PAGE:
We rushed out of the Pacific up to the Theatre Royal to watch another lecture and this time it was about how the Oriana is operated and was billed as a virtual tour of the bridge. I found it very good with lots of technical stuff about the navigation, the engines (not azipod Julian), the command structure and the watch system. Hilary noticed that our dinner companion Richard who was a few rows from us spent most of the time with his eyes closed and his head nodding. Speaking of dinner companions I did bump into Alison and Bill today and she is much better and seems to have recovered from her dose of mal de mer. That’s it, sorry it’s a bit boring today but we haven’t really done much. Tomorrow we arrive at Sydney harbour bridge around 6.00am and we will be up and about for that, the weather forecast is not good but somehow we will get it on video. Here’s Hilary.
Tiz I. First of all I want to catch up with the messages. For Pat, your Dad was right, New Zealand is very similar to the West Country in shape – with the lumps and bumps but has much more in the way of greenery, more tropical. They also have steam coming out of the ground besides the road and in the middle of fields! A lot of homes have free hot water and heating when they use the thermal springs to heat the domestic water. The people are extremely friendly and smile a lot too. Ted has his photo taken in front of a geyser and was the centre of attention for quite a while. Of course you are included in the family. Anyway I hope your cold is getting better. Julian, we are pleased that the family is enjoying the photos and blog. We will try to keep up the production. Our Devonport could be just as beautiful as the one in Auckland, it has the coastline and the old buildings but the people are slightly different. Sharon, New Zealand is not that far away, one day you will have take the trip and see for yourself, meanwhile 2010 keep it in the light. Change the locks sweetheart and be blowed with him. I will be very happy to talk to you about language development – not by the book necessarily! Just keep talking and listening and it is amazing what the children will tell you! Keep up the good work. Marlene, do you mean the Mrs. Peers that moved to Camplehaye, I know that she was ready to go meet the angels. Of course you are included too what are you like?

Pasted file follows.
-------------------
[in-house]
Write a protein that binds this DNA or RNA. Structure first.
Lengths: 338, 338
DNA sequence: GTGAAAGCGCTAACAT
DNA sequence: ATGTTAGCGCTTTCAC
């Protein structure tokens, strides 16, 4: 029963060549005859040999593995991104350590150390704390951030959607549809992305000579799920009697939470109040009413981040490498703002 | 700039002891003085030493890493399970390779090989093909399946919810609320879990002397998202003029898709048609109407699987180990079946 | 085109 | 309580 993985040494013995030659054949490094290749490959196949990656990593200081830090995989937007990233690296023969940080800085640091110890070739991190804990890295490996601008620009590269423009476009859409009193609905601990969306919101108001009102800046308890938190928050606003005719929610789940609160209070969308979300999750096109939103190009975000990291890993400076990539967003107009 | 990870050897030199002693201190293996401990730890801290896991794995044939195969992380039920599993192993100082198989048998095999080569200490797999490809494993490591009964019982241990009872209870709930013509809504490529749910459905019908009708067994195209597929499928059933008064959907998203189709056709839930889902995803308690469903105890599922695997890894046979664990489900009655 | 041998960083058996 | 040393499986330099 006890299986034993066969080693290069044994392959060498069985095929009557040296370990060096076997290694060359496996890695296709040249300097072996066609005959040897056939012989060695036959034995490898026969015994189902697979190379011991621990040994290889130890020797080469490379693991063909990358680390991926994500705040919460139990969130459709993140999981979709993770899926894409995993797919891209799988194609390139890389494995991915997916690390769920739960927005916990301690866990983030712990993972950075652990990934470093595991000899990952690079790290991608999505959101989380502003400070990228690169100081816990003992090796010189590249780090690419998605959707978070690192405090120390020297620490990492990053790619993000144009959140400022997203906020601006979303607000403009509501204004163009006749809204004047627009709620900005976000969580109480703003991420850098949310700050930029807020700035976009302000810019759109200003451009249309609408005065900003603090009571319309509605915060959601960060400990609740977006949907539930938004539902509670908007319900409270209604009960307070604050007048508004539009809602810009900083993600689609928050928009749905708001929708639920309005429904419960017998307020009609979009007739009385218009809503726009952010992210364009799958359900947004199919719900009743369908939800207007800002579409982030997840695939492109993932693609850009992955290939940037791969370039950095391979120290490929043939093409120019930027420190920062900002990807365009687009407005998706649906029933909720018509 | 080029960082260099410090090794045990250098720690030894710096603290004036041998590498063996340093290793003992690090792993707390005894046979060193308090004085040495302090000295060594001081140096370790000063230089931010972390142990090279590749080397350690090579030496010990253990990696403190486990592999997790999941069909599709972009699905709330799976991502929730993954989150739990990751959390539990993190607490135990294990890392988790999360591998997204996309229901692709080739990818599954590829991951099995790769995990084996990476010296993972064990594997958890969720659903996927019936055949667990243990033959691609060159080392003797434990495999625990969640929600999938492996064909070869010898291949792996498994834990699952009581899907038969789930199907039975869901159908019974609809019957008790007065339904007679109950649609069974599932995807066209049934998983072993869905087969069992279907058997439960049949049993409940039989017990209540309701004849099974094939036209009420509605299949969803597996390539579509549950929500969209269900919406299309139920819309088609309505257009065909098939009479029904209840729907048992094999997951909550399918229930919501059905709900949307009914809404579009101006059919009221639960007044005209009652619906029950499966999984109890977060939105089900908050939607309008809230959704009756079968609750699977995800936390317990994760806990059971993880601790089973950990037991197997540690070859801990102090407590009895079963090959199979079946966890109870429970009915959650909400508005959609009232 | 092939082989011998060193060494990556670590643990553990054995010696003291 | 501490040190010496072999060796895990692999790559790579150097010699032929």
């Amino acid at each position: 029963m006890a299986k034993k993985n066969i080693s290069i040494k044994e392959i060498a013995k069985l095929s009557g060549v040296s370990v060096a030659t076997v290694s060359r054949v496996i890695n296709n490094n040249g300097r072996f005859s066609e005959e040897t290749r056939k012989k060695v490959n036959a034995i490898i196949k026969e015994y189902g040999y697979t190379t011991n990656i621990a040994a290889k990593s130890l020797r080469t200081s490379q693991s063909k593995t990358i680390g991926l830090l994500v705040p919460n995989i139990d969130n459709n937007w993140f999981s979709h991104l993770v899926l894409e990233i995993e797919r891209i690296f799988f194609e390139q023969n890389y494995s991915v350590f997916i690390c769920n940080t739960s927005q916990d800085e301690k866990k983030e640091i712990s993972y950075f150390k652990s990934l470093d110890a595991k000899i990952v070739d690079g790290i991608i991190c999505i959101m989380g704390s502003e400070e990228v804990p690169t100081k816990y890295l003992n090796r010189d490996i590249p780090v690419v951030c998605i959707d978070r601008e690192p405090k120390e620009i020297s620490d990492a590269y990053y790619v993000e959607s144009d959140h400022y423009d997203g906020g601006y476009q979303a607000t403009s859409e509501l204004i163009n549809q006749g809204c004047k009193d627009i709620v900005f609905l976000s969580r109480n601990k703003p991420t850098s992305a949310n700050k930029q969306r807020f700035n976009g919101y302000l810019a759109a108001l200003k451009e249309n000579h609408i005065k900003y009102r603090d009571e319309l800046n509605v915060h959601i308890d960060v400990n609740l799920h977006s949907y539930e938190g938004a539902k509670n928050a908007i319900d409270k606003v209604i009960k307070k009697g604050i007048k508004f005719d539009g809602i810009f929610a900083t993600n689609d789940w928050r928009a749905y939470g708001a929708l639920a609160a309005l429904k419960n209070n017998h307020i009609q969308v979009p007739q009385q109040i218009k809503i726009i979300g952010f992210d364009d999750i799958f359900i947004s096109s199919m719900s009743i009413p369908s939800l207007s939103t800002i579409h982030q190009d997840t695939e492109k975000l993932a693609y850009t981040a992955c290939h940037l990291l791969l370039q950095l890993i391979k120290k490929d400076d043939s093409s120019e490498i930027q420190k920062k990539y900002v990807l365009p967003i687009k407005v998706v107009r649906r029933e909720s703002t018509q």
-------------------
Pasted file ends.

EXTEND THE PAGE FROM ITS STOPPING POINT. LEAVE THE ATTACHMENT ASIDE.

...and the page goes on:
Now the day, it has been raining, the wind has been blowing and the sea has been lumpy. We have spent the day trying to avoid over generous air conditioning and gradually putting more and more layers on to keep warm. We now look like we are ready to cope with a normal winter day at home – and we are in Sydney tomorrow When we woke I noticed that the ship was not moving except for sideways. Then we heard the Captain telling us that the engines had been closed down and the engineers were working on the problem. He said that the chief engineer had a personal interest in getting us to Sydney – he is off for a few weeks holiday when we get there! Actually, I am quite relieved that we will not be going into 40C! We are looking forward to seeing Brian and have changed our money into Australian dollars ready to go ashore and buy a leisurely lunch tomorrow. Today is the last day of this leg and it is ‘tips’ day. We have taken care of the envelope for our cabin steward and tonight we fill an envelope with cash for the table waiters – the table of eight people all bring our tip money down to dinner and stuff it into an envelope. Last time the waiters were not happy for a week after ‘tip’ day so we hope this they will be happier this time. We are getting to the point where we have met so many people that wherever we go on the ship we meet people that we have met before and so spend a lot of time stopping to have a chat. It can take some time to get anywhere around the ship – but I like it. Now must go, Take care, God bless.
My final note after an excellent dinner and another great show from Elaine Delmar, she was on top form tonight and Richard, who did not like her first show, was ecstatic over this one. We have just learned from the note in our cabin that the clocks go back again tonight which is a good thing as far as I am concerned as it means that we gain an extra hours sleep and we will need it if we are to get up early enough to see the sail in under Sydney Harbour bridge. The weather forecast for the sail in is pretty crap actually and it will still be dark let us hope that the forecasters have got it wrong as we only have one poncho between us. Should have kept all those cheap ones that we bought in Florida many years ago. That’s it, there will probably not be a blog tomorrow night as the planned departure is for midnight and we just might have a meal out in the evening in Sydney, it just depends on the weather and the whether or not we meet up with Brian and what meal(s) we have with him. But we will be back soon. God Bless.